MusicUnitesUS presents: PAN project, an exploration of musical improvisation

A floutist plays at part of the PAN project

PAN project co-founder Gamin Kang during a performance.

This article originally appeared in the spring issue of State of the Arts:

Continuing its exploration of cross-cultural musical improvisation, MusicUnitesUS presents the international PAN Project in residence at Brandeis from February 27 to March 4.

“PAN Project draws on the rich intercultural music traditions of East Asian instrumental performance, ritual and theater,” said PAN co-founder Jeff Roberts,PhD'08. “From there, we add modern influences, drawing on improvisation, Western composition and multimedia technology.”

The ensemble’s name comes from the Korean folk genre p’ansori, which means to gather or come together. “P’ansori is an intense, all-out expression.” said Judith Eissenberg, MusicUnitesUS director and professor of the practice of music. “The members of PAN Ensemble are masters of the most expressive Asian instruments; the combined effect is sonically gorgeous.”

The central importance of nature in Chinese, Korean and Japanese traditions inspires the multimedia work that accompanies the ensemble’s performances. Video projections of movement in nature ― wind on grass, moonlight on water — are controlled by sensors worn by the musicians, changing in response to their movements and also to the pitch and vibrations of their instruments. Field recordings of rain and found objects provide additional texture that is in turn emulated by the ensemble.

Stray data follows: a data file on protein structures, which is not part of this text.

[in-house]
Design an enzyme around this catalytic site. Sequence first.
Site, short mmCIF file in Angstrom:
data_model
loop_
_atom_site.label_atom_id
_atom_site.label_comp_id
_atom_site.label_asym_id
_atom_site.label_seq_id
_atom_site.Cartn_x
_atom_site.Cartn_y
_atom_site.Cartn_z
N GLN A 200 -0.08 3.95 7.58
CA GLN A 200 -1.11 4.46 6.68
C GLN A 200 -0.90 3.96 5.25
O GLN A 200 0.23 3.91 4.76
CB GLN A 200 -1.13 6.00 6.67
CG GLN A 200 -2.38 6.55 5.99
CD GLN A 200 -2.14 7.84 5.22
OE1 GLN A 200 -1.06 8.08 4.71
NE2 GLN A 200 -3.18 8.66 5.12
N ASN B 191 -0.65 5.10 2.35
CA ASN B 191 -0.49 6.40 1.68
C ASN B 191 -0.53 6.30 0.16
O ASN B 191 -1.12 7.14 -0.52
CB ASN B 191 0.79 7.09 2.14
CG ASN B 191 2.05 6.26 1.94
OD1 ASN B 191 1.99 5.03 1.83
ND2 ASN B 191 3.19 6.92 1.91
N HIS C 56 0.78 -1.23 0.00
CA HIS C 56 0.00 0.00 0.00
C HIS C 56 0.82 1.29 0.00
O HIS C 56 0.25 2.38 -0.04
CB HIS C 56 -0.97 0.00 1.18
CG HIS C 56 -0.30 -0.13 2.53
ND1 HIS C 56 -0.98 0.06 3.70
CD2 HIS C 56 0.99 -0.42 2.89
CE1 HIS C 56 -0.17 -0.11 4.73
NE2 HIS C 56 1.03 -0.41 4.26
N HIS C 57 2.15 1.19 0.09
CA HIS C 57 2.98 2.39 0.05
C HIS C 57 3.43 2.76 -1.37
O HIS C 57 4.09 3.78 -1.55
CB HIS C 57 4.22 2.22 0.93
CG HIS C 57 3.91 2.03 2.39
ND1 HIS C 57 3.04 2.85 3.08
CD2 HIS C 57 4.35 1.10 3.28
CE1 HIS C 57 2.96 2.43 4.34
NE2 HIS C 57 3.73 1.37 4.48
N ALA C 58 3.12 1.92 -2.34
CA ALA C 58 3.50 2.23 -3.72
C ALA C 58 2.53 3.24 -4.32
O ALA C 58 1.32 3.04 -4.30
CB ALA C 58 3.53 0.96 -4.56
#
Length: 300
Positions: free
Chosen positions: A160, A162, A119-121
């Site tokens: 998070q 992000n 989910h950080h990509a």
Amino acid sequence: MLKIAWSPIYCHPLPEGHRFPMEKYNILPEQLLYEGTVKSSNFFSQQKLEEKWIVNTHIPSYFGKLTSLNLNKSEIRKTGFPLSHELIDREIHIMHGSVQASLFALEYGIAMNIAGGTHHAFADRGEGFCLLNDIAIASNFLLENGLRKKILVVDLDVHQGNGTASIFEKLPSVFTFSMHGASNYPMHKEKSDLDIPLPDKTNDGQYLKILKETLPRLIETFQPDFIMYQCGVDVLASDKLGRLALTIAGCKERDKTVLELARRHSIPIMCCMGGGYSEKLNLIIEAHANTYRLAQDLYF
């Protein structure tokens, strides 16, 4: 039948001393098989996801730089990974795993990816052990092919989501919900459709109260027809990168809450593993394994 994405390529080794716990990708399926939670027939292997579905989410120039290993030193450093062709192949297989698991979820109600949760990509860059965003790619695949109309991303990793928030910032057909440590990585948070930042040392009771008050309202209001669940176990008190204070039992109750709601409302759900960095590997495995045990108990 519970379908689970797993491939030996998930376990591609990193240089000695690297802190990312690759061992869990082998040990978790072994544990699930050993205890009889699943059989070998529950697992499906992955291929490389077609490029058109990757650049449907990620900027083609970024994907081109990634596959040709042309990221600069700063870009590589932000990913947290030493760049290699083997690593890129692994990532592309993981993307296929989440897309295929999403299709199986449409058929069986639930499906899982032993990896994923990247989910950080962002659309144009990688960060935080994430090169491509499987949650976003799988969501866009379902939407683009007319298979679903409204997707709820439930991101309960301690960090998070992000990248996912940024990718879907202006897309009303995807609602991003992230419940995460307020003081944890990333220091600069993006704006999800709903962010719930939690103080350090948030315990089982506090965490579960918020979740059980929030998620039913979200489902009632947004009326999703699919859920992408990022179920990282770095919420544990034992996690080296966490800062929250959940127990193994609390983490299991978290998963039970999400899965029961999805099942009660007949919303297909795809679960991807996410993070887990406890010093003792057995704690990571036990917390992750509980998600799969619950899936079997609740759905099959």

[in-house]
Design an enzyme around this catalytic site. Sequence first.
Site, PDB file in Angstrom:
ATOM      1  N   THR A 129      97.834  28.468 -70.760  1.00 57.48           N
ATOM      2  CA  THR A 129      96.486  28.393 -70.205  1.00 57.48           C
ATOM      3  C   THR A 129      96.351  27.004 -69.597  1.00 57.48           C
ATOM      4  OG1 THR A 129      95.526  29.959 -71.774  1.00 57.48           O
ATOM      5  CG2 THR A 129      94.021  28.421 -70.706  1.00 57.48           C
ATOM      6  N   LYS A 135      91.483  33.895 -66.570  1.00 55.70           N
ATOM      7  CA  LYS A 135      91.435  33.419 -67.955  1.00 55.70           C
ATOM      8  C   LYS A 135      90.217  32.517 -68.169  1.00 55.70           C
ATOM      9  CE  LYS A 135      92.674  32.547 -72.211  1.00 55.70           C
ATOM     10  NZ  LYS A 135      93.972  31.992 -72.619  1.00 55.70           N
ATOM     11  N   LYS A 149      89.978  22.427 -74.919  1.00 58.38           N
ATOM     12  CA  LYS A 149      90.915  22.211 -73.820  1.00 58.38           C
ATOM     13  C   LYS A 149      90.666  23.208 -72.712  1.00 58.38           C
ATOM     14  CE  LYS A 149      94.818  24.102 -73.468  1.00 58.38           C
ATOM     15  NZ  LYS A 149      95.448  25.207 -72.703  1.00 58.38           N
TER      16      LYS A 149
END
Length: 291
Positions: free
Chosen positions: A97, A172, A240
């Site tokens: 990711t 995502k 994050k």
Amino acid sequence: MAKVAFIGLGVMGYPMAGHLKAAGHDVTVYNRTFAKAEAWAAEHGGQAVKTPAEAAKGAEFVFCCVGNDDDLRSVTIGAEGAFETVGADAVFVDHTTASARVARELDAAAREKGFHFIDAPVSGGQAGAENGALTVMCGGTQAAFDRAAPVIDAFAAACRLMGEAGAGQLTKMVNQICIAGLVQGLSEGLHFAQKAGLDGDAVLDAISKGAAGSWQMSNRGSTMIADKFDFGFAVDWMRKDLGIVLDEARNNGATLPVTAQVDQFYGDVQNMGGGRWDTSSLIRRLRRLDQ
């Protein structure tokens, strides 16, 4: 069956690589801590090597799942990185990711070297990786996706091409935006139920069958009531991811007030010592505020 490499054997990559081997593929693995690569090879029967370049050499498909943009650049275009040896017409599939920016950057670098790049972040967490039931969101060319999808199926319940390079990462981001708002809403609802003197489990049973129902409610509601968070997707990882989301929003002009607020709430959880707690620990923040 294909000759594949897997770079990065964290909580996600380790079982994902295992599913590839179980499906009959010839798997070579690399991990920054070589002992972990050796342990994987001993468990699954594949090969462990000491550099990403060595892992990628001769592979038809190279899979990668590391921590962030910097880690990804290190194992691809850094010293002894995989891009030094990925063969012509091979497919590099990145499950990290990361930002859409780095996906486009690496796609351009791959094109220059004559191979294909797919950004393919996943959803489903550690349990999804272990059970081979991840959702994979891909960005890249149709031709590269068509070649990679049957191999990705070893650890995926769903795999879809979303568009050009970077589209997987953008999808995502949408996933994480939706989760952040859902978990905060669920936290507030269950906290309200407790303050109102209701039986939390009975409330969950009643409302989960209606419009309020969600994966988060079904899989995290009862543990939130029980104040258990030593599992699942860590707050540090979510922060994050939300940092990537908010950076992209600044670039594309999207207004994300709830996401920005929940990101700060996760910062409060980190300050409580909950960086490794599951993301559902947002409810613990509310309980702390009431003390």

The artists will visit classes across campus, open to the public for the residency, encompassing subjects from anthropology to literature to art history. A concert will be held March 4 at 8 p.m. at Slosberg Music Center with a pre-concert talk at 7 p.m. Tickets are available online, by phone at 781-736-3400, or at the Shapiro Campus Center Box Office.

About the ensemble:

Co-founder Gamin Kang, known professionally as gamin, is one of Korea’s most celebrated performers of the wind instruments piri, taepyeongso and saengwhang. She has received the UNESCO World Heritage Center designation of “yujisa” in piri court music and daechita. Yoo Young-Dae, music director of the National Changgeuk Company, describes gamin’s music as “free-spirited in restraint, delicate in bluntness, and sorrow in bliss.”

Co-founder Jeff Roberts, PhD ’08, is a professor at the University of Alberta in the departments of music and East Asian studies. As a performer, Roberts improvises and collaborates on Chinese guqin and guitar.

Percussionist Woonjung Sim is the winner of the World Music Award (2009) and Experimental Spirit Award (2010) of the 21st-Century Korean Music Project Competition.

Kaoru Wantanabe is one of the top taiko drum masters in the world, a master of Japanese flutes, a jazz flutist, and a collaborator with some of the top ensembles in the world, including Yo-Yo Ma’s Silk Road Ensemble.

Wang Ying-chieh is her generation’s most celebrated player of the two-stringed ehru. A former principal in the Taipei Chinese Orchestra, she teaches at the National Taiwan University of Arts.

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